Them’s the Rules!

There are many so-called rules to do with writing which I diligently stuck to as an aspiring writer. However, when I started mixing on-line with experienced authors, their view was to learn the rules, yes – but not so that you necessarily stick to them, but so you can break them with confidence. And now, years later, as my sixth novel Breakfast under a  Cornish Sun has been completed (out July 2016), I couldn’t agree more.



Here are a few of the more common rules writers talk about, and my view on them – other authors, of course, might disagree! This is simply my opinion of what I find works.

Show not Tell.

Yes. Very important. This involves the reader more in the story and makes them figure things our for themselves, which results in a far more satisfying experience. Don’t tell the reader Sarah is depressed. Show this by having her refuse to eat a slice of  her favourite cake or sit staring at a newspaper but not turn the page for half-an-hour. Don’t tell your reader how John is angry. Show this by him walking into the room fists curled, cheeks flushed and eyes flashing.

However… sometimes showing just doesn’t make sense. One emotion I always struggle to describe is “sheepish.” A character has done something wrong and is found out – they may not give eye contact or they may fiddle with their watch or clear their throat and start rambling or… I mean it really can, sometimes, be quite exhausting getting your character to do a whole manner of actions when you could just say: Megan looked sheepish.

So I use my common sense. My general rule is show where you can, as long as it doesn’t hinder the rhyme and flow of the sentence and story.


Write from the heart.

Hmm. Writers are told this again and again. And for the most part I agree. However I am first and foremost a commercial writer. I hope for an audience; aim to make a living from my writing. It is my career. So I keep an eye on the market as well and try to connect with the Zeitgeist when I choose a theme or title.

Only once have I not done this. Years ago with a novel that is firmly under my bed. It is chicklit set in Ancient Egypt. Many people I mention this book to say they would LOVE to read it – it even stars Tutankhamun! But it doesn’t fit the market. Didn’t back then. Still doesn’t now. An agent or publisher doesn’t know where to place it. So that was one year’s wasted work – not in terms of learning about writing, but in terms of pushing my career forwards and trying to get an agent and publishing deal.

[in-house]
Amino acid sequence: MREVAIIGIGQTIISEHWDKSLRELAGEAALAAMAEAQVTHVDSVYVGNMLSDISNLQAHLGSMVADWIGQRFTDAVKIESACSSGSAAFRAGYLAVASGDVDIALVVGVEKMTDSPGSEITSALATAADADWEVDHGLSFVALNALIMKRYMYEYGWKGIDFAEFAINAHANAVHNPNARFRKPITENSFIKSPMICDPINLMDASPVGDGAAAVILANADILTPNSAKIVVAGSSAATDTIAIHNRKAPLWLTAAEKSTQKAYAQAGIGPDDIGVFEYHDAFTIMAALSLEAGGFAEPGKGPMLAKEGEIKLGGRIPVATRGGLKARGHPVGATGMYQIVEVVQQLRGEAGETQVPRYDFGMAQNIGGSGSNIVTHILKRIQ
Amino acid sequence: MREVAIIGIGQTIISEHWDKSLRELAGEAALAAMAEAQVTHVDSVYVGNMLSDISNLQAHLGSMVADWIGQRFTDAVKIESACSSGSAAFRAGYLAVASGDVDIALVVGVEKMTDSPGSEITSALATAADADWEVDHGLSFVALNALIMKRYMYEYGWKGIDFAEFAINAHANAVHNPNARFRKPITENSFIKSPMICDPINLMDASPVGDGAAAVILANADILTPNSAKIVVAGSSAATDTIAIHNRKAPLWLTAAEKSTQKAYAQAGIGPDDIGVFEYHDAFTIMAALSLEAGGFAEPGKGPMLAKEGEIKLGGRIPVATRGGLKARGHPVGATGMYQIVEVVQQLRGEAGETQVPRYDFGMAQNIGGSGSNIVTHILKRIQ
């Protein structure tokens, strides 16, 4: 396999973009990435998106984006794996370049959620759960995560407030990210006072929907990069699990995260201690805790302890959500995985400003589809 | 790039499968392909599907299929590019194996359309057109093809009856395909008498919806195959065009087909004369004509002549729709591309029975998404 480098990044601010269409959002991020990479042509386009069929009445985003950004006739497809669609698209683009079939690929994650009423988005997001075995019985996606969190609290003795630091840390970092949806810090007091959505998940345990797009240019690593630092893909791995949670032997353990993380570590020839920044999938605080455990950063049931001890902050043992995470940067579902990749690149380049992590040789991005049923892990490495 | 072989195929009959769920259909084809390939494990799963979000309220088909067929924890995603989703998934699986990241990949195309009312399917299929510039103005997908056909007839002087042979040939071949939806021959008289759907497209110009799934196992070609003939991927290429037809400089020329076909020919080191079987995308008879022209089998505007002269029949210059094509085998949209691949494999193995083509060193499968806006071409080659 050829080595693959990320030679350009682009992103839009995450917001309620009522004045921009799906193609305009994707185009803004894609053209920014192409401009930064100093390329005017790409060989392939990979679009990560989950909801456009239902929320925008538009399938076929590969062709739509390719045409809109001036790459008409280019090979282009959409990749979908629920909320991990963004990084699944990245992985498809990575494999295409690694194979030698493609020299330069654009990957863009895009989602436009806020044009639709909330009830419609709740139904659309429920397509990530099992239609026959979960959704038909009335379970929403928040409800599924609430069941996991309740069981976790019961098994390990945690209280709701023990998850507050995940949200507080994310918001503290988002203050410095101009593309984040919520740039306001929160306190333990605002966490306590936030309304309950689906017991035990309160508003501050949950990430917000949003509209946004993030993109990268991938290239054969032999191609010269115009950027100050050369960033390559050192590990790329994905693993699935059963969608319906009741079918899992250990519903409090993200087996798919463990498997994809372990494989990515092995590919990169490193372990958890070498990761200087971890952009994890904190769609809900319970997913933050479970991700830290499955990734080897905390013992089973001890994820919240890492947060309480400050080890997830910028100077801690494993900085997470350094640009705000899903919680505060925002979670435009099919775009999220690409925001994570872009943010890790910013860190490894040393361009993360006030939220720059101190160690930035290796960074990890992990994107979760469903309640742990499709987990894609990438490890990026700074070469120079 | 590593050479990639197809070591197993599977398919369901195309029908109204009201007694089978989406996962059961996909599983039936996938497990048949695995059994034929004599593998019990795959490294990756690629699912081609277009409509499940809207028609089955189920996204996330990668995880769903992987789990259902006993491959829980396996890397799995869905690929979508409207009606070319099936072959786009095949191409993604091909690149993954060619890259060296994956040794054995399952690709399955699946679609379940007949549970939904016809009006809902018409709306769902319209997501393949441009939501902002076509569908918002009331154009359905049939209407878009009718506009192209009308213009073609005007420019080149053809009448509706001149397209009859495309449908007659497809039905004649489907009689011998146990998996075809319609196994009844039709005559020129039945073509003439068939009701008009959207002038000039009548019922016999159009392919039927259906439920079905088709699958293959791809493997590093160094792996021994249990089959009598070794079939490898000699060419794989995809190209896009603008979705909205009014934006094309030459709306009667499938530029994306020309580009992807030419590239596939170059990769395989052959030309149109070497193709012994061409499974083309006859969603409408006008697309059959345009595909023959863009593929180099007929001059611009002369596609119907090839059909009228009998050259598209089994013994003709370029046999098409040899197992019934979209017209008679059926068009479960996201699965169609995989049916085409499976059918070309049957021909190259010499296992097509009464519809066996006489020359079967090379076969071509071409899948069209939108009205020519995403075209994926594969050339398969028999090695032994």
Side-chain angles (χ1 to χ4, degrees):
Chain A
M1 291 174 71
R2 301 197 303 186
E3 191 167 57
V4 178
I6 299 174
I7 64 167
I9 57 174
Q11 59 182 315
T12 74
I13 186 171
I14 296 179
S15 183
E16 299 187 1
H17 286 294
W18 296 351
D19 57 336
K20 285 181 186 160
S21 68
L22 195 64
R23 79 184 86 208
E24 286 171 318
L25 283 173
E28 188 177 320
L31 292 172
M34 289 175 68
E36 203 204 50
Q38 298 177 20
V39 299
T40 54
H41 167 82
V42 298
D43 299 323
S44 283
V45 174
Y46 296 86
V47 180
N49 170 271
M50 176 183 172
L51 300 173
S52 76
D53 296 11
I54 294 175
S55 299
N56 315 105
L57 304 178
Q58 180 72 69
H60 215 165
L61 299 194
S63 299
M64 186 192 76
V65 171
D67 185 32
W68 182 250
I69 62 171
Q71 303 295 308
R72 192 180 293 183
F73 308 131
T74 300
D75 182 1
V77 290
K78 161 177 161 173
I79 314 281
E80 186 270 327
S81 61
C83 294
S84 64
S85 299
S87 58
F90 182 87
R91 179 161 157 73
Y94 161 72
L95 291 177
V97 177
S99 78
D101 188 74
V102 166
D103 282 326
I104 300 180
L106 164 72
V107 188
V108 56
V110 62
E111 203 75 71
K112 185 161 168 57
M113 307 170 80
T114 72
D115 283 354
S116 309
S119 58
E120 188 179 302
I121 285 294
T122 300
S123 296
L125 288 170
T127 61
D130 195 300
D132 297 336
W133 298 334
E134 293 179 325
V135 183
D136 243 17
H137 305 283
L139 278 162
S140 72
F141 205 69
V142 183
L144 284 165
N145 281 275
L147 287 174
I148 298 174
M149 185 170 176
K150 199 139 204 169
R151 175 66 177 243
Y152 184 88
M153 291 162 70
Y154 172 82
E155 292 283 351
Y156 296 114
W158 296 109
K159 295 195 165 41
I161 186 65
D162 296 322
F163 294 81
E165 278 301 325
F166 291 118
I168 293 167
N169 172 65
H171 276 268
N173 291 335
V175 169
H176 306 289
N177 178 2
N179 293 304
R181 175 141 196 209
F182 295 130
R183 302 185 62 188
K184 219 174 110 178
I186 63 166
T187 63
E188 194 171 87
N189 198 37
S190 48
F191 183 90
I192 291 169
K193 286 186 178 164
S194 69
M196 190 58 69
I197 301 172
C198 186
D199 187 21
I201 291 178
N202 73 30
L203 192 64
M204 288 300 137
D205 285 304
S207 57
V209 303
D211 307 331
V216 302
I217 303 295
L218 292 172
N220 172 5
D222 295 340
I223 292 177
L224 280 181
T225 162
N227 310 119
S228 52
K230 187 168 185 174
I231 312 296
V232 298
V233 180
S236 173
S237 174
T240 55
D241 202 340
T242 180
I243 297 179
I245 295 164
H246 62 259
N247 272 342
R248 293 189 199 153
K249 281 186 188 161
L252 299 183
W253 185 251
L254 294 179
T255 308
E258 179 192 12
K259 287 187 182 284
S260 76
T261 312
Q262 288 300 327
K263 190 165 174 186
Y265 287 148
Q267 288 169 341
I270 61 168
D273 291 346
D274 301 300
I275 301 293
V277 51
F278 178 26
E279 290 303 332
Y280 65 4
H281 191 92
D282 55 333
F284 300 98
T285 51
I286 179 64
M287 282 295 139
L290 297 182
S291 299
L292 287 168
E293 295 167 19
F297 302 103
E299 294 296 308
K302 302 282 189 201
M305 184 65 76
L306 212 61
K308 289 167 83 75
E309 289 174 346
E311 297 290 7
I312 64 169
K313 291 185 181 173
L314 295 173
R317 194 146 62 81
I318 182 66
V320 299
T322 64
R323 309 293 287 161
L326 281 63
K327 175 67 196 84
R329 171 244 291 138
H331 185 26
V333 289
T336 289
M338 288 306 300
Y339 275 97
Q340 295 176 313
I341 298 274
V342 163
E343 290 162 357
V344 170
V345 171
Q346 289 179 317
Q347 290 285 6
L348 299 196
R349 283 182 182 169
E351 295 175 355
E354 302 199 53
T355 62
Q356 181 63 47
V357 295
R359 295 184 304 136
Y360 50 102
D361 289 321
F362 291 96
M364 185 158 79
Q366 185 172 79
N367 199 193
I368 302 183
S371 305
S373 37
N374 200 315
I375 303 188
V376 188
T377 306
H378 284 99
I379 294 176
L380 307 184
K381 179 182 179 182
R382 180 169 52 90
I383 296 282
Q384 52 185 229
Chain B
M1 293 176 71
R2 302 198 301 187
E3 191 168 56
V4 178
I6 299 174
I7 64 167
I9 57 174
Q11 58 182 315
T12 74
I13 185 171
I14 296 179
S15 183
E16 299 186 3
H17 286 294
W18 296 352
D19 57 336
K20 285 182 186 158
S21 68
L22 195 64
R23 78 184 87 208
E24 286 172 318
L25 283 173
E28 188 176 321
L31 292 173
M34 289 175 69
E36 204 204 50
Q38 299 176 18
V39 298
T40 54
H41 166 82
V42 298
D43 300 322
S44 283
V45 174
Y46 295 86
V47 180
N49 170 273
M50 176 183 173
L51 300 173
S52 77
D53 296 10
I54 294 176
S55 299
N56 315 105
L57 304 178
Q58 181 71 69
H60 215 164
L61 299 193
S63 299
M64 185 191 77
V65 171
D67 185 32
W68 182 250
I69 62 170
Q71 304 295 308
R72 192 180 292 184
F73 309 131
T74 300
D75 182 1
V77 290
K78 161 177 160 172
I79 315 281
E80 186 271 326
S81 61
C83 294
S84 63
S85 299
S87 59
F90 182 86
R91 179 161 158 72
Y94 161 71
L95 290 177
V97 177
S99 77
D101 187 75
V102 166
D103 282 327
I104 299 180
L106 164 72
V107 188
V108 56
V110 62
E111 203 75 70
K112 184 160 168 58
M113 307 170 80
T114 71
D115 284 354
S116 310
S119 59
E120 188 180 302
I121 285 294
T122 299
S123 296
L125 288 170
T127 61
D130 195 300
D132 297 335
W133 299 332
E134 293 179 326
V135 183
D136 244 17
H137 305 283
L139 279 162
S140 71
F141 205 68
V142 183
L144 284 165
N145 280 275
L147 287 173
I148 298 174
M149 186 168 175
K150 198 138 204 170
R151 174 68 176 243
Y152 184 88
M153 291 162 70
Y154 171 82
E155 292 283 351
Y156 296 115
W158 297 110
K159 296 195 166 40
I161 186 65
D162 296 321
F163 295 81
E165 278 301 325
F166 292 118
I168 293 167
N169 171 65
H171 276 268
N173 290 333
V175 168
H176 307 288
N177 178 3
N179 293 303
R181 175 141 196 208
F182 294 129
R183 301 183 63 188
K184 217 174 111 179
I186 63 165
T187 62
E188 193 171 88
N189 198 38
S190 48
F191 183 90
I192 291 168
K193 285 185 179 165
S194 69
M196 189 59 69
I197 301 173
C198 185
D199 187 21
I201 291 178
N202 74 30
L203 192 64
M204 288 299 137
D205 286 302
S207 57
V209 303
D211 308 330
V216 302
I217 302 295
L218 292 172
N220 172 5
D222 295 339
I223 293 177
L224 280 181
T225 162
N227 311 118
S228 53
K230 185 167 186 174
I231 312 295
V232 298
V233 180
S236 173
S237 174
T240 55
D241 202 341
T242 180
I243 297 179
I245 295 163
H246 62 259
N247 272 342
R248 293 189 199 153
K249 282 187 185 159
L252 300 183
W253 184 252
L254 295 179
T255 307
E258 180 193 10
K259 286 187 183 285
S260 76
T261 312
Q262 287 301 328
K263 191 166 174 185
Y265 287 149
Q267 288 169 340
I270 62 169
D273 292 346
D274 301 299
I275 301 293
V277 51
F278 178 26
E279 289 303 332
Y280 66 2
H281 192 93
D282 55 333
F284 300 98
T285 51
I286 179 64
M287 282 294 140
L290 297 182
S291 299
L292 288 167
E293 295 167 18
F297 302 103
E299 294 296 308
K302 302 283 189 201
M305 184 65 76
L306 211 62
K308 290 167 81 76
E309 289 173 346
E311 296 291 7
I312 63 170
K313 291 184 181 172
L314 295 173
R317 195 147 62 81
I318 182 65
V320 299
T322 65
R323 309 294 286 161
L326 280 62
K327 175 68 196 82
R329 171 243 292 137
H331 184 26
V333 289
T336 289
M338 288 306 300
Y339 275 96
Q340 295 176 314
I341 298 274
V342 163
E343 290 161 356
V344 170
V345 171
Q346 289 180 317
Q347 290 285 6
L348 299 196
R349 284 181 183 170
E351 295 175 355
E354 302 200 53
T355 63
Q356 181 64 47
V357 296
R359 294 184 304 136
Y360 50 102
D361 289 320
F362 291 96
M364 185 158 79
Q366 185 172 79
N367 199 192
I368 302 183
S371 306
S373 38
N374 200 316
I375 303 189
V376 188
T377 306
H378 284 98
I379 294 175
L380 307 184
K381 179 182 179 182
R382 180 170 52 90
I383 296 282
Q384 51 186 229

Don’t over-use exclamation marks.

I do love a good exclamation mark! (Ha, see what I did there 🙂 ) But again, they can produce lazy writing. And I recall one agent who said she doesn’t read a submission if there is an exclamation mark on the first page. An exclamation mark can show anger, surprise or humour…. any strong emotion, when often the words should be doing that. For example:
“I can’t believe you just did that!” said Paul

as opposed to

“I can’t believe you just did that.’ Paul’s jaw dropped.

So, once again, I try to be selective. If the sentence is really important or super emotional, an exclamation mark might just be what is needed. And I do think it depends on genre. I use them reasonably liberally in my romantic comedies – but I do carefully consider each one.

Avoid too much backstory in the opening chapters.

Oh yes. Please! I cannot bear this and my eye drops to the bottom of the page immediately if I start a new book and the opening is full of the main character’s history. The irony is, this is one of my own biggest faults when writing a first draft, and I always end up having to restructure my first chapters. Don’t do it! When you meet someone new in real life and start to get to know them, you don’t begin by sitting them down and pouring our your whole life story, do you?  So I take my time and try to thread the information in subtly so that the reader gets to know your character more slowly – this will make them emotionally connect with the character in a more natural way and getting a reader to care about your protagonist, or their story, is the key to getting them to read on.

So there you have it. My view on just a few of the more well-known rules. And yes them’s the rules – but we aren’t in school now. My advice would be to learn them inside out and then trust your instincts and confidence to know when to break them.




    • Sam Tonge says:

      Thanks Barbara. Yes, I still find that a really hard one. It seems to come naturally to me to want to tell the reader everything about the main character in the first few paragraphs. Thank goodness for rewrites!


  1. Sue Blackburn says:

    Very insightful, helpful post, Sam. It’s confidence isn’t it knowing when to break a rule – and if it works. And I guess that comes with experience. xx

    • Sam Tonge says:

      Thanks Sue. Yes, when I first started out, for a long time I stuck RIGIDLY to all the rules I read about and then some very kind experienced authors pointed out the error of my ways! But I do believe you still need to learn them. They definitely improved my writing in the beginning one hundred fold.
      Sam xx

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